Orpah (not Oprah) did not live during a pleasant time in Israel’s history.  But Israel’s troubles were not her problem – in fact, Orpah was a Moabite.

Orpah was the daughter-in-law to Naomi, whose family migrated from Bethlehem to Moab during a time of famine in Israel.  Naomi’s story, told in the first chapter of the book of Ruth, reads like a Shakespearean tragedy.  First, her husband died – tragic in any context, but potentially disastrous for a woman living in the patriarchal culture of the ancient Near East.  Having a husband meant having protection – no husband meant vulnerability and possibly severe poverty.  But, all was not lost… since Naomi had 2 sons.  While living in Moab, they married Moabite women: Orpah & Ruth.  But, soon after that, both of Naomi’s sons died, also.  Now 3 women were left vulnerable and destitute.

When Naomi heard the famine had eased in Israel, she decided to return home.  She tried to encourage Orpah & Ruth to stay in Moab with their families.  Naomi was sure she would friendly and sympathetic faces back in Israel; she could not guarantee the same for Moabite girls.  At first, both daughters-in-law protested, saying they intended to stay with Naomi.  But, eventually Orpah decided to stay behind in Moab.

She kissed her mother-in-law goodbye, and returned home – back to her own family… and, we assume, to her own gods.  But, Ruth had decided Naomi was her family now; and Naomi’s God was her God.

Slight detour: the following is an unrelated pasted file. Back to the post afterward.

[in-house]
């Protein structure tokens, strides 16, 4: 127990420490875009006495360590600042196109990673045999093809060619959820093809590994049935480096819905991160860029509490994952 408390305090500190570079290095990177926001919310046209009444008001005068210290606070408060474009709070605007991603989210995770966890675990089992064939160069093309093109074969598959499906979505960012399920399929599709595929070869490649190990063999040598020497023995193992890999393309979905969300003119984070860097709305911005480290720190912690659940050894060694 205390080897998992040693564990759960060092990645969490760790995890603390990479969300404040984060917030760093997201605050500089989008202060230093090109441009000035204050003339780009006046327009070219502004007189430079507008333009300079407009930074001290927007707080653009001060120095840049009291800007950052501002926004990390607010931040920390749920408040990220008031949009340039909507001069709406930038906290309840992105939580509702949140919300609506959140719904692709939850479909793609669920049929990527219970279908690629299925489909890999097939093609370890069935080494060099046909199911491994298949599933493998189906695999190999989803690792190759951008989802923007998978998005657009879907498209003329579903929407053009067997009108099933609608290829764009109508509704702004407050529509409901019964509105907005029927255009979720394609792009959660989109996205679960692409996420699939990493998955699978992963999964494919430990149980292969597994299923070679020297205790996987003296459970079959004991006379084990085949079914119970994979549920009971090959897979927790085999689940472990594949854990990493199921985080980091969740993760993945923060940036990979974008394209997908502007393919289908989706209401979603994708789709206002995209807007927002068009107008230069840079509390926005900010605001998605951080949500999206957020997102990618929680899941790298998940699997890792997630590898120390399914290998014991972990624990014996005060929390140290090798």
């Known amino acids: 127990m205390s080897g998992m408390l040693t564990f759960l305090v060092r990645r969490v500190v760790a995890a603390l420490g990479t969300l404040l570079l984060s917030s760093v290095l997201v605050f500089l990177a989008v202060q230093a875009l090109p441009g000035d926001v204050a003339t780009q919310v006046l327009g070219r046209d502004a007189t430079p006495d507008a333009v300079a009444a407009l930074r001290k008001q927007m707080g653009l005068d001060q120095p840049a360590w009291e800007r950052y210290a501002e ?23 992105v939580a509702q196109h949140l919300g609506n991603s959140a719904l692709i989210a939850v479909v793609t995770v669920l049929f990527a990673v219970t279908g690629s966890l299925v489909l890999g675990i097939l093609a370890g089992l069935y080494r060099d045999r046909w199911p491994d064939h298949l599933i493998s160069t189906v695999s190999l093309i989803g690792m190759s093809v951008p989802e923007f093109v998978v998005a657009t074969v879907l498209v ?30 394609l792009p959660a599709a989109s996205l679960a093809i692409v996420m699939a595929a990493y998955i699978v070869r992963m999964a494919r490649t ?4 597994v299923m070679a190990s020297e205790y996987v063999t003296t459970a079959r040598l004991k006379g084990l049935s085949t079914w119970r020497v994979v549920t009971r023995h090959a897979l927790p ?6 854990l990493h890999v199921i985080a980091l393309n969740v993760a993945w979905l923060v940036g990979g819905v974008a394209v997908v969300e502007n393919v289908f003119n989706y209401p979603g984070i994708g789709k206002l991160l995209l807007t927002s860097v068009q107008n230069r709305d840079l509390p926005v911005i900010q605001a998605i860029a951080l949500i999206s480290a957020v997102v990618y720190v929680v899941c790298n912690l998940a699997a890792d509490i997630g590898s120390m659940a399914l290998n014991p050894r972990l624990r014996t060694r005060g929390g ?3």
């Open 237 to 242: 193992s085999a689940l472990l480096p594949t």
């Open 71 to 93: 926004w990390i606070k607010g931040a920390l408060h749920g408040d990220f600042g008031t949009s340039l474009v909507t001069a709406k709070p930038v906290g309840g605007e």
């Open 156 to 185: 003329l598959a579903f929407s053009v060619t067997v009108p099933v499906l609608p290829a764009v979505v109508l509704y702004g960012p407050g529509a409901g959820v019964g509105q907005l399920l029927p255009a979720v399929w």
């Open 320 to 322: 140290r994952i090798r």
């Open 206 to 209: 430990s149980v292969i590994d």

The contrasting results of their decision are striking.  Orpah disappears from the story, destined to become nothing more than a minor character in the Biblical narrative.  Ruth rose to prominence – and ultimately became an ancestor to King David… as well as Jesus the Messiah!


Orpah is always mentioned first in the book of Ruth; an assumption could be made she had been married to Naomi’s oldest son.  So, when Boaz enters the scene later in the story, it would have probably been Orpah he would have had to “redeem” and marry.  Orpah’s one decision to stay – while probably the decision that made the most sense in almost every way – was a life-changing decision… and, possibly, a destiny-altering decision.

The choices you make today may have far-reaching affect.

Choose wisely.


You can read Orpah’s story in Ruth 1.


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